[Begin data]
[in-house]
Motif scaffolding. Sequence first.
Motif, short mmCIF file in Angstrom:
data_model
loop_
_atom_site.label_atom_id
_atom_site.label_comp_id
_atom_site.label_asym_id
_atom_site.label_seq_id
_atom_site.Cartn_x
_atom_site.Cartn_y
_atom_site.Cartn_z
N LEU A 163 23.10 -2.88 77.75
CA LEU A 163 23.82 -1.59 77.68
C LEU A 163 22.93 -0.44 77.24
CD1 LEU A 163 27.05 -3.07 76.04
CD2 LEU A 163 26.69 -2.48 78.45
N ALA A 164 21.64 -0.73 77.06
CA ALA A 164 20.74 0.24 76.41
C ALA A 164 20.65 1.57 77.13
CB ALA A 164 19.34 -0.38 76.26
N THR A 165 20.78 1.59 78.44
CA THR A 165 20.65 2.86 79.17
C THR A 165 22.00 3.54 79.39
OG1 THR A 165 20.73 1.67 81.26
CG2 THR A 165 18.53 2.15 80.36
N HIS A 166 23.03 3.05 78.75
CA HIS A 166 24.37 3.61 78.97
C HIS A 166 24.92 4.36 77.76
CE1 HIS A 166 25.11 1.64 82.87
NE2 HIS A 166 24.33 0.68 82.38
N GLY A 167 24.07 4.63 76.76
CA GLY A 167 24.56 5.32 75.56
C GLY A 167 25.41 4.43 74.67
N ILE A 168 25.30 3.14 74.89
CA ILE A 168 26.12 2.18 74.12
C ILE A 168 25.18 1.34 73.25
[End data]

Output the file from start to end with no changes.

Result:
[in-house]
Motif scaffolding. Sequence first.
Motif, short mmCIF file in Angstrom:
data_model
loop_
_atom_site.label_atom_id
_atom_site.label_comp_id
_atom_site.label_asym_id
_atom_site.label_seq_id
_atom_site.Cartn_x
_atom_site.Cartn_y
_atom_site.Cartn_z
N LEU A 163 23.10 -2.88 77.75
CA LEU A 163 23.82 -1.59 77.68
C LEU A 163 22.93 -0.44 77.24
CD1 LEU A 163 27.05 -3.07 76.04
CD2 LEU A 163 26.69 -2.48 78.45
N ALA A 164 21.64 -0.73 77.06
CA ALA A 164 20.74 0.24 76.41
C ALA A 164 20.65 1.57 77.13
CB ALA A 164 19.34 -0.38 76.26
N THR A 165 20.78 1.59 78.44
CA THR A 165 20.65 2.86 79.17
C THR A 165 22.00 3.54 79.39
OG1 THR A 165 20.73 1.67 81.26
CG2 THR A 165 18.53 2.15 80.36
N HIS A 166 23.03 3.05 78.75
CA HIS A 166 24.37 3.61 78.97
C HIS A 166 24.92 4.36 77.76
CE1 HIS A 166 25.11 1.64 82.87
NE2 HIS A 166 24.33 0.68 82.38
N GLY A 167 24.07 4.63 76.76
CA GLY A 167 24.56 5.32 75.56
C GLY A 167 25.41 4.43 74.67
N ILE A 168 25.30 3.14 74.89
CA ILE A 168 26.12 2.18 74.12
C ILE A 168 25.18 1.34 73.25